• William (Bill) Kelly, Jr., of Landover, MD, passed away from complications of lung and brain cancer on February 17th. He was a Mathematician and, among other assignments, served as a technical support specialist on teams that had major roles in the design, development and testing of ground and command support equipment for the Apollo, Apollo-Soyuz, Skylab, and Space Shuttle programs. He also served in managerial and engineering roles.
• Virginia F. Kendall, of Adelphi, MD, passed away on December 2, 2009. She worked in the Publications, Writing and Editing group of the Graphic Arts Branch.
• Dwight (Clint) C. Kennard, Jr., of Traverse City, MI, and DeLand, FL, passed away on December 10, 2009, at age 96. He was an Aeronautical Engineer who worked at Goddard on many unmanned spaceflight projects.
• Kenneth J. Meese of Silver Spring, MD, passed away on March 6, 2009. He served in World War II and was severely wounded at the Battle of the Bulge. At Goddard, he was an Electrical Engineer who worked in the Laboratory for Astronomy and Solar Physics.
• Joanne Malkus Simpson, of Washington, DC, passed away from multiple organ failure on March 4th. She was the first female meteorologist to earn a doctorate, developed the first scientific model of clouds, discovered what keeps hurricanes whirling forward, and revealed what drives the atmospheric currents in the tropics. Among numerous other projects she worked on at Goddard, Dr. Simpson led the science study for the Tropical Rainfall Measuring Mission (TRMM) satellite and later became Project Scientist for TRMM.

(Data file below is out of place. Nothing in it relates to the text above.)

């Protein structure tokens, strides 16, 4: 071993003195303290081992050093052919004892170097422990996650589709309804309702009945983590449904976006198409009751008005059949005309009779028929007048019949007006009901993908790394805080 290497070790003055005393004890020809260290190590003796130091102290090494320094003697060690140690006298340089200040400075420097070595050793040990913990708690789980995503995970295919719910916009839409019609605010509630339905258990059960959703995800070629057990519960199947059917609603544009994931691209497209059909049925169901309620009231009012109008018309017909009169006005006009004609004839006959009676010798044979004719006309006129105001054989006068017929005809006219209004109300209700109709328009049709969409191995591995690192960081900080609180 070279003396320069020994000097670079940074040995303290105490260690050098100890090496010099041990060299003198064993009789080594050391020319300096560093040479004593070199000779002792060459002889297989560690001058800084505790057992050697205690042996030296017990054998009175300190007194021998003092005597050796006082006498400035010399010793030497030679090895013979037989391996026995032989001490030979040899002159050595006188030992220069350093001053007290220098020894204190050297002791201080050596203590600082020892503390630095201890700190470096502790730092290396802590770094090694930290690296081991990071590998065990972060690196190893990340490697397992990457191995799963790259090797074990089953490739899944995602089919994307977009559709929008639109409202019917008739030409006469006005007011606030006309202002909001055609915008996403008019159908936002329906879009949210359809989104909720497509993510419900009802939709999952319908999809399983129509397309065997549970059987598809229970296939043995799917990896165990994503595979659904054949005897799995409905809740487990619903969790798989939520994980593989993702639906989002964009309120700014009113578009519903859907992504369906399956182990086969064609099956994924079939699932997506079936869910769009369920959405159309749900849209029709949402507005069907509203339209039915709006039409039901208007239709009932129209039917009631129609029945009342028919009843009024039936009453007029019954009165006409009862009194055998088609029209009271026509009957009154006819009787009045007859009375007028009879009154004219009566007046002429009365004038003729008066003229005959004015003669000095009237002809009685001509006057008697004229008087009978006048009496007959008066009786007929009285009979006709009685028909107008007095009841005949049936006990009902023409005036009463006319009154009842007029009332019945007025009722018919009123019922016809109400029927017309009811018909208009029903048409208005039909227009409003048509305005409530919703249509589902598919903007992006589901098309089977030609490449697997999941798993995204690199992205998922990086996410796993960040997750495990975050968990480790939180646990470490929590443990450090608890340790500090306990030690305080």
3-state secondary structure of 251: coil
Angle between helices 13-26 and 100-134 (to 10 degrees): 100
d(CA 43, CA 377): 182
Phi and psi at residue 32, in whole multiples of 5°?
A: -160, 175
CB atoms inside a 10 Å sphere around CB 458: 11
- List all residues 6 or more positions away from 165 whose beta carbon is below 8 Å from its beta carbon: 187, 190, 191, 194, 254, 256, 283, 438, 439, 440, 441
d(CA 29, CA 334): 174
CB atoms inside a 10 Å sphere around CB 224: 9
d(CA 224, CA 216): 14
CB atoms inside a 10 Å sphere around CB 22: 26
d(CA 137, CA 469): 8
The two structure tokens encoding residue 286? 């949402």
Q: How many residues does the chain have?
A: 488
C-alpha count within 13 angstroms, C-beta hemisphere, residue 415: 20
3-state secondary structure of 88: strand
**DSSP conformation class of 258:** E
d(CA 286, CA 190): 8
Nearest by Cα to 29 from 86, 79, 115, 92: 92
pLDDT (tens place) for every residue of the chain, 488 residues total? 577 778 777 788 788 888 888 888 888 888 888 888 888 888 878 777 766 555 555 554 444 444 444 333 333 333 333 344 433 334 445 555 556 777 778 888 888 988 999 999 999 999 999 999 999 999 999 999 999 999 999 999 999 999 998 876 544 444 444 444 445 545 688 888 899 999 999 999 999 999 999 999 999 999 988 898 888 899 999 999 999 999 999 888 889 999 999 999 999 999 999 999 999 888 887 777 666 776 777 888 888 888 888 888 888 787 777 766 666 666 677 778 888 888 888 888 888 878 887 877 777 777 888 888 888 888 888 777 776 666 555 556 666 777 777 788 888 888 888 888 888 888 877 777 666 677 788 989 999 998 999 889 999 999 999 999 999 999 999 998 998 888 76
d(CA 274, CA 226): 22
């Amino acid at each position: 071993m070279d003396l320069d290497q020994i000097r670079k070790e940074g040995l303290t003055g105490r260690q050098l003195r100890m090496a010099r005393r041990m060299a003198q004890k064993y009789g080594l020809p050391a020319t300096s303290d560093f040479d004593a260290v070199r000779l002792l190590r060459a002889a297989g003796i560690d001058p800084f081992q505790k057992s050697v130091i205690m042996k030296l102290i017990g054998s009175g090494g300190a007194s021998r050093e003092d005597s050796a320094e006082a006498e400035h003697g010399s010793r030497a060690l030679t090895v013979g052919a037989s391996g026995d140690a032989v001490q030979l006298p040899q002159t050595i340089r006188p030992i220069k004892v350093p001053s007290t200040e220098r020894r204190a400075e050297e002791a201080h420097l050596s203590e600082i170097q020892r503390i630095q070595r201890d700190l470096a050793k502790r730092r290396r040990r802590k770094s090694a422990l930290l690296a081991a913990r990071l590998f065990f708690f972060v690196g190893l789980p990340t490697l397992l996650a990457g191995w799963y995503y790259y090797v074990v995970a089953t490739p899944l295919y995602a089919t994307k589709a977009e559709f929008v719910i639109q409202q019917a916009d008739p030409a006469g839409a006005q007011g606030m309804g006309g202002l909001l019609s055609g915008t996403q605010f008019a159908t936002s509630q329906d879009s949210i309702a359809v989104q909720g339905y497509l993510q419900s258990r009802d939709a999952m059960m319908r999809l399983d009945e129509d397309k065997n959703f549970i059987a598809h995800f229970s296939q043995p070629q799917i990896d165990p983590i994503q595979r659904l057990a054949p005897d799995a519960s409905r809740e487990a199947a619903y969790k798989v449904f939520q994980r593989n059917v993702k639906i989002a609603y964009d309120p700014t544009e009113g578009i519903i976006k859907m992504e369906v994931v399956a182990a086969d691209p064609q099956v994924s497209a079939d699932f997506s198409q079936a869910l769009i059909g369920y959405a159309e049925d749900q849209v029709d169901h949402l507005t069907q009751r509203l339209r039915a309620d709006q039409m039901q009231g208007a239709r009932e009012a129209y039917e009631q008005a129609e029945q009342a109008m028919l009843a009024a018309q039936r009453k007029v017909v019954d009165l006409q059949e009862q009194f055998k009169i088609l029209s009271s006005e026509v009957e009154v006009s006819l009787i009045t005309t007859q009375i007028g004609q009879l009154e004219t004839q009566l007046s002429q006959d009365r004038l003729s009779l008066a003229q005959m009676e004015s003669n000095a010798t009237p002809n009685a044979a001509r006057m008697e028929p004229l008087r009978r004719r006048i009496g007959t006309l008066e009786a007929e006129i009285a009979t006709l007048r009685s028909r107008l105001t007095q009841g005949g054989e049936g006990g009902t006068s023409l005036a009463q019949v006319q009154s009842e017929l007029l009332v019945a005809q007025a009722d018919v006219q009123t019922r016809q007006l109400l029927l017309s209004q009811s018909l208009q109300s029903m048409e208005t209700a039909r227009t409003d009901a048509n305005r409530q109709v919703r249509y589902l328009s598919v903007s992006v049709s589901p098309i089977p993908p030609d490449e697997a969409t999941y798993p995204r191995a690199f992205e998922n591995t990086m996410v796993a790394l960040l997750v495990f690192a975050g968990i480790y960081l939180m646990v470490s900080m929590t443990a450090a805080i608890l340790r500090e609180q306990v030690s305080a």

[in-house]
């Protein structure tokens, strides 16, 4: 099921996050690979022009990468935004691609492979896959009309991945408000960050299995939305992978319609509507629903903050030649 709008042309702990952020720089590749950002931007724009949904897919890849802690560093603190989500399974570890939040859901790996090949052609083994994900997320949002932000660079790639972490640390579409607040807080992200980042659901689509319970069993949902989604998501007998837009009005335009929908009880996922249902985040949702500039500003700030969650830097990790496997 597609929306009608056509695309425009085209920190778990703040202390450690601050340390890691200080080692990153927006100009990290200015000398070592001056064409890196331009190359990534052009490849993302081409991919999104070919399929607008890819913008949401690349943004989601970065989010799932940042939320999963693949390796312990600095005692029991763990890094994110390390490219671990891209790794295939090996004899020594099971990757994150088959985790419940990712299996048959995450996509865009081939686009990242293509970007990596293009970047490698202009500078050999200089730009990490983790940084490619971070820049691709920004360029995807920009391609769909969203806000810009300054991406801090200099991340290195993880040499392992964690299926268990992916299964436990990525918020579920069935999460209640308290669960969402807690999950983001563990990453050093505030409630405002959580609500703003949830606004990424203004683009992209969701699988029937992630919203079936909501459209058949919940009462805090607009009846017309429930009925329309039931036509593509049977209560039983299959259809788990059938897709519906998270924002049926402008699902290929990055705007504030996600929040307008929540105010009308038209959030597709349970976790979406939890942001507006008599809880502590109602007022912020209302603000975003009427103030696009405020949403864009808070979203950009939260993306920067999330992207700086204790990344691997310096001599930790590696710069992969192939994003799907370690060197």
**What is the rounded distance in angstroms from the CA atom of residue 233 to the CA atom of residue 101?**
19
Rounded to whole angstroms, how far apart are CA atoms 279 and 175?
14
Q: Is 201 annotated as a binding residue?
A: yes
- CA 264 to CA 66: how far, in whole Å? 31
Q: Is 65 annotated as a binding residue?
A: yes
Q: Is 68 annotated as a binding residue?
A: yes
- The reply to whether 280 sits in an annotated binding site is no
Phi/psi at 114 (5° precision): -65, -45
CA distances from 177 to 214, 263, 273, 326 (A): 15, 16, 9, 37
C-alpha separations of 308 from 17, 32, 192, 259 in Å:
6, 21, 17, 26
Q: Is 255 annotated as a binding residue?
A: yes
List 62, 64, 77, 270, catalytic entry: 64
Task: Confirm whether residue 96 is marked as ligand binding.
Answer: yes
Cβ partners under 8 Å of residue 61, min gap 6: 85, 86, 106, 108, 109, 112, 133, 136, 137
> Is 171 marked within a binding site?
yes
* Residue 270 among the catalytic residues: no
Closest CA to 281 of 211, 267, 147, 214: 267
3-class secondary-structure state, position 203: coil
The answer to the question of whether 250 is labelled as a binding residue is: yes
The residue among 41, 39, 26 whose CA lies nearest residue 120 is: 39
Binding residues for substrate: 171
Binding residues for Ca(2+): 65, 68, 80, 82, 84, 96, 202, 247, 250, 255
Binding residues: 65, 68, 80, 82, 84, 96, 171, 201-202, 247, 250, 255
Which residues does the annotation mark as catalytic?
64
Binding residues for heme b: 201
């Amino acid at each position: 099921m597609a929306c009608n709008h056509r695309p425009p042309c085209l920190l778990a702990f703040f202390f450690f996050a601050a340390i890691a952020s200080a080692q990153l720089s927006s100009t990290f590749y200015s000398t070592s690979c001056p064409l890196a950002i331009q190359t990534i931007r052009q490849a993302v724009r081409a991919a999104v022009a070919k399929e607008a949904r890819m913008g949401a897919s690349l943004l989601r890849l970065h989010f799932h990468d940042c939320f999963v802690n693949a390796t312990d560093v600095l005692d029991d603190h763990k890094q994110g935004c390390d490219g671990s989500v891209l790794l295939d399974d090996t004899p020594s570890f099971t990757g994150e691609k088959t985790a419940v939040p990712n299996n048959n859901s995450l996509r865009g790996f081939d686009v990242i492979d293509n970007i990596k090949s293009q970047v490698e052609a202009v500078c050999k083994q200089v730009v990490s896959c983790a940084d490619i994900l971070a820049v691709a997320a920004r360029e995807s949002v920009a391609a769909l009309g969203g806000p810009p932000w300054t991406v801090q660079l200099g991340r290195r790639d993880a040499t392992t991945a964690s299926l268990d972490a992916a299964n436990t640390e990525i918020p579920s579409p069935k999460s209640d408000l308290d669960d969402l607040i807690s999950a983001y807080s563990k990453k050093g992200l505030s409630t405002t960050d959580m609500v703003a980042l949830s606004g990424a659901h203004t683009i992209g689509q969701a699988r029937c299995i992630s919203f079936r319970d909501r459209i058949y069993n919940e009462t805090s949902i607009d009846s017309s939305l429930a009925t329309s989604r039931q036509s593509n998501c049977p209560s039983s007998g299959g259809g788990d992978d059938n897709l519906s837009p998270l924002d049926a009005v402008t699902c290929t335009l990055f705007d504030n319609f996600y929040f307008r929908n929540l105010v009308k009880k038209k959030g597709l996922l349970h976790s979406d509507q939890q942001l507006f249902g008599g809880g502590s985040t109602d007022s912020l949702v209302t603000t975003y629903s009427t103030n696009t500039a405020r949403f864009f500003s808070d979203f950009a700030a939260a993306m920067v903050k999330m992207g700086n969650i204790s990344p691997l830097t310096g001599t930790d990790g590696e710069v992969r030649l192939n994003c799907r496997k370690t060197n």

• William P. Taub, of Bowie, MD, passed away from pneumonia and multiple organ failure on February 20th. As a NASA Photographer, he took nearly every official picture of the Mercury, Gemini and Apollo mission astronauts and his photographs played a key role in shaping the public perception of NASA's work. Among many other publications, his photographs appeared in Life, Look and National Geographic magazines.